Genomics and Proteomics Have Transformed Biological Inquiry and Applications

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Genomics and Proteomics Have Transformed Biological Inquiry and Applications (Campbell Biology)

Experimental work in the first half of the 20th century established the role of DNA as the bearer of genetic information, passed from generation to generation, that specified the functioning of living cells and organisms. Once the structure of the DNA molecule was described in 1953, and the linear sequence of nucleotide bases was understood to specify the amino acid sequence of proteins, biologists sought to “decode” genes by learning their nucleotide sequences (often called “base sequences”).

The first chemical techniques for DNA sequencing, or determining the sequence of nucleotides along a DNA strand, one by one, were developed in the 1970s. Researchers began to study gene sequences, gene by gene, and the more they learned, the more questions they had: How was expression of genes regulated? Genes and their protein products clearly interacted with each other, but how? What was the function, if any, of the DNA that is not part of genes? To fully understand the genetic functioning of a living organism, the entire sequence of the full complement of DNA, the organism’s genome, would be most enlightening. In spite of the apparent impracticality of this idea, in the late 1980s several prominent biologists put forth an audacious proposal to launch a project that would sequence the entire human genome—all 3 billion bases of it! This endeavor began in 1990 and was effectively completed in the early 2000s.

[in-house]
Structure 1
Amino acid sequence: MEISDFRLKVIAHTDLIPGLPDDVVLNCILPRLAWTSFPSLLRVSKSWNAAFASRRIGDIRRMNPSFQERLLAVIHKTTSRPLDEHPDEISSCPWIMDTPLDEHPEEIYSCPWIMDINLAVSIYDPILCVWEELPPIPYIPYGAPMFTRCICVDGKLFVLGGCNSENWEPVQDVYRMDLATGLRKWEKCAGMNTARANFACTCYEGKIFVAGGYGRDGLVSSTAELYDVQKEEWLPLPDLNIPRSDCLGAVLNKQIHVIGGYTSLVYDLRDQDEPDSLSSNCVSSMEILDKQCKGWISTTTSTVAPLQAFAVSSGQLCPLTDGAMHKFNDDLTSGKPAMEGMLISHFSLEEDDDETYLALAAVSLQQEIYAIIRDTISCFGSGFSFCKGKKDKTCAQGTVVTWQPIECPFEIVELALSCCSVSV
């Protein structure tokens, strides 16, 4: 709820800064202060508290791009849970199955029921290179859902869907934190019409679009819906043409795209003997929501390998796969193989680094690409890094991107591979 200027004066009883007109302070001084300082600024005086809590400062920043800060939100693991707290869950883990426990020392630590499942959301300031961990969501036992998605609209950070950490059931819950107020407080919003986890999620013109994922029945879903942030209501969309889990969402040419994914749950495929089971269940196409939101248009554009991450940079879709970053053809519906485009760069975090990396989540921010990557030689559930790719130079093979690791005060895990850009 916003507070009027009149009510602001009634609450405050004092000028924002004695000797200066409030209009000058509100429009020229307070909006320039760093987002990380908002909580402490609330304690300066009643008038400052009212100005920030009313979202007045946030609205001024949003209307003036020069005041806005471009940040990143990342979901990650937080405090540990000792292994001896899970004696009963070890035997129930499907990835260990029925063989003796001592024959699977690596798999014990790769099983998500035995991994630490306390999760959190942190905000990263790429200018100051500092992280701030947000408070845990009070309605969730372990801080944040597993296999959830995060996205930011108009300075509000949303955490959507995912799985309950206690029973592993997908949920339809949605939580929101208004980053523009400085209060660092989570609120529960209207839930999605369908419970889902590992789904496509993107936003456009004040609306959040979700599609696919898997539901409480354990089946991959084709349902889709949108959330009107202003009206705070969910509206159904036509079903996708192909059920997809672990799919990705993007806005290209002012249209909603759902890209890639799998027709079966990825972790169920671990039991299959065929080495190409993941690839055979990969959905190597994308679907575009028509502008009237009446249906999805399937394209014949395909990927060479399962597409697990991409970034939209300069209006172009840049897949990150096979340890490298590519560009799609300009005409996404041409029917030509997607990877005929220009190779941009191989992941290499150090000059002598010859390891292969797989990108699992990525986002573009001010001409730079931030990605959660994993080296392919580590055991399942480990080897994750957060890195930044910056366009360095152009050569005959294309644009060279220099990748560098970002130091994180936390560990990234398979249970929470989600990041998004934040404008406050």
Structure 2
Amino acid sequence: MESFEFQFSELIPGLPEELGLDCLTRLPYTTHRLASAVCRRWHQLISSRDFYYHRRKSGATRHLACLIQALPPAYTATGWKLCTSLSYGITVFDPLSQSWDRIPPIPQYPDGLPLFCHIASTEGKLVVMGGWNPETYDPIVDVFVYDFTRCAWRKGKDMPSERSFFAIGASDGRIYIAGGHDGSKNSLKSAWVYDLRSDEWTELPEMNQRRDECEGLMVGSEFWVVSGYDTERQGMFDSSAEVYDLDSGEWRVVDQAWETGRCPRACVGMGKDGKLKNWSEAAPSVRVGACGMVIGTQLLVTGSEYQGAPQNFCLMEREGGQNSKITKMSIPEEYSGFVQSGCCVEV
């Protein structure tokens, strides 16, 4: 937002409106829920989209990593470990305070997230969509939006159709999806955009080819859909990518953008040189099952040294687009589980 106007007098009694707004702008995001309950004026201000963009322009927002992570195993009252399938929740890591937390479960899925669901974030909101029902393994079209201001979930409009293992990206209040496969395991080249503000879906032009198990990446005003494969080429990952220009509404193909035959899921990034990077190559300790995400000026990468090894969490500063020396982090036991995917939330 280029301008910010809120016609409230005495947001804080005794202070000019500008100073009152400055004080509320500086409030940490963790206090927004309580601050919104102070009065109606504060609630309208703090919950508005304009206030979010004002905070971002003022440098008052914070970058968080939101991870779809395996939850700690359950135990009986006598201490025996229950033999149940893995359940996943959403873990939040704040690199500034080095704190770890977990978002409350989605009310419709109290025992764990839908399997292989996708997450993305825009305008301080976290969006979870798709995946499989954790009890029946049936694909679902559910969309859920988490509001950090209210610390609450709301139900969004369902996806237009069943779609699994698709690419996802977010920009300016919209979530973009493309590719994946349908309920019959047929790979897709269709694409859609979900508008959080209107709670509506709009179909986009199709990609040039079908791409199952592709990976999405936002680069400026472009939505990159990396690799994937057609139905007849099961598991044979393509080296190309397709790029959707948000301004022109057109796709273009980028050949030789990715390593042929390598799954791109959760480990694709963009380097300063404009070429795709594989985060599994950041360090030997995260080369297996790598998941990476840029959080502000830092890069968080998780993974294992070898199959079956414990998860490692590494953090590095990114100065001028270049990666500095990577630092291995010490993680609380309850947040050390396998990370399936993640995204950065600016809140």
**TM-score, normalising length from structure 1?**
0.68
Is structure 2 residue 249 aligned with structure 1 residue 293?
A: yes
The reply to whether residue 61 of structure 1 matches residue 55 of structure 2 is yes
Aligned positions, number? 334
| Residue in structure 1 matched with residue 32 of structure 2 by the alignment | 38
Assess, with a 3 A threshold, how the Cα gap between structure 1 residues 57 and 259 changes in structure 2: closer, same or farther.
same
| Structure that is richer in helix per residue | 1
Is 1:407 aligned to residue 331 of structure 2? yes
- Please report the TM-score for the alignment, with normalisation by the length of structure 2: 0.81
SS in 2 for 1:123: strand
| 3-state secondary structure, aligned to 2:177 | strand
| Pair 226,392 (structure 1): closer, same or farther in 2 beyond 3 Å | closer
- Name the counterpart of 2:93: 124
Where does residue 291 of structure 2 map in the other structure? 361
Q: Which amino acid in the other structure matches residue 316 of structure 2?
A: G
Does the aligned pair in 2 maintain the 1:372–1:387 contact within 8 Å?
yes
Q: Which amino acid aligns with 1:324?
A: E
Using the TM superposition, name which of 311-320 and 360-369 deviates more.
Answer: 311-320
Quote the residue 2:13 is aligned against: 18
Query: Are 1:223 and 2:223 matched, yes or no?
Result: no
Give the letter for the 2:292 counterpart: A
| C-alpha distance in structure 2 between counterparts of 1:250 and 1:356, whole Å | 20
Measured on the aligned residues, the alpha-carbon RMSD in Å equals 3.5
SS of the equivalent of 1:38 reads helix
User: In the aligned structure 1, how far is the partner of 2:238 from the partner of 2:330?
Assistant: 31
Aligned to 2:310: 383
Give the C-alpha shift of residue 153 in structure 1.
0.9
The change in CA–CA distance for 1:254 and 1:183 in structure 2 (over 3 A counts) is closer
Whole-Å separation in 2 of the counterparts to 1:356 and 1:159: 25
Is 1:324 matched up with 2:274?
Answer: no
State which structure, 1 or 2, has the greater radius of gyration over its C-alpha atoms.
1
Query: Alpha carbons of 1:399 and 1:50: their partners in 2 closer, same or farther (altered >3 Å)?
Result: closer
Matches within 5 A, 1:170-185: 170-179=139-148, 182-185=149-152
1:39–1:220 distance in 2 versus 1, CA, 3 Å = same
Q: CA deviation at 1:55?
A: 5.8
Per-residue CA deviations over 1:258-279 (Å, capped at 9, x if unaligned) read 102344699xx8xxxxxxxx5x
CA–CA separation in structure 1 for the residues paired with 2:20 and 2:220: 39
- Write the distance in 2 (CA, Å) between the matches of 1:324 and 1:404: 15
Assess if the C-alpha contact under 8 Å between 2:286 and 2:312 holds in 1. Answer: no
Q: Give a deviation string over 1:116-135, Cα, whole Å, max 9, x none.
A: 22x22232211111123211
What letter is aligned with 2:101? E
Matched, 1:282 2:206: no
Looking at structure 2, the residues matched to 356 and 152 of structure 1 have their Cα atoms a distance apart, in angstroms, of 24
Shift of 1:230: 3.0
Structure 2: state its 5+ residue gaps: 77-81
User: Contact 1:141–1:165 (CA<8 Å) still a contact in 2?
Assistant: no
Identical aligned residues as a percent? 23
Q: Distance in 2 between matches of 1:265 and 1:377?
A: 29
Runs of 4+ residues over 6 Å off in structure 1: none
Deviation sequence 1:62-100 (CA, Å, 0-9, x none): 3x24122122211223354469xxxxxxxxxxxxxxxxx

An unplanned but profound side benefit of this project— the Human Genome Project—was the rapid development of faster and less expensive methods of sequencing. This trend has continued: The cost for sequencing 1 million bases in 2001, well over $5,000, has decreased to less than $0.02 in 2016. And a human genome, the first of which took over 10 years to sequence, could be completed at today’s pace in just a few days (Figure 5.25). The number of genomes that have been fully sequenced has burgeoned, generating reams of data and prompting development of bioinformatics, the use of computer software and other computational tools that can handle and analyze these large data sets.

The reverberations of these developments have transformed the study of biology and related fields. Biologists often look at problems by analyzing large sets of genes or even comparing whole genomes of different species, an approach called genomics. A similar analysis of large sets of proteins, including their sequences, is called proteomics. (Protein sequences can be determined either by using biochemical techniques or by translating the DNA sequences that code for them.) These approaches permeate all fields of biology.

Perhaps the most significant impact of genomics and proteomics on the field of biology as a whole has been their contributions to our understanding of evolution. In addition to confirming evidence for evolution from the study of fossils and characteristics of currently existing species, genomics has helped us tease out relationships among different groups of organisms that had not been resolved by previous types of evidence, and thus infer evolutionary history.

Source:

Urry, Lisa A.. Campbell Biology. Pearson Education. Kindle Edition. https://www.pearson.com/us/higher-education/series/Campbell-Biology-Series/2244849.html

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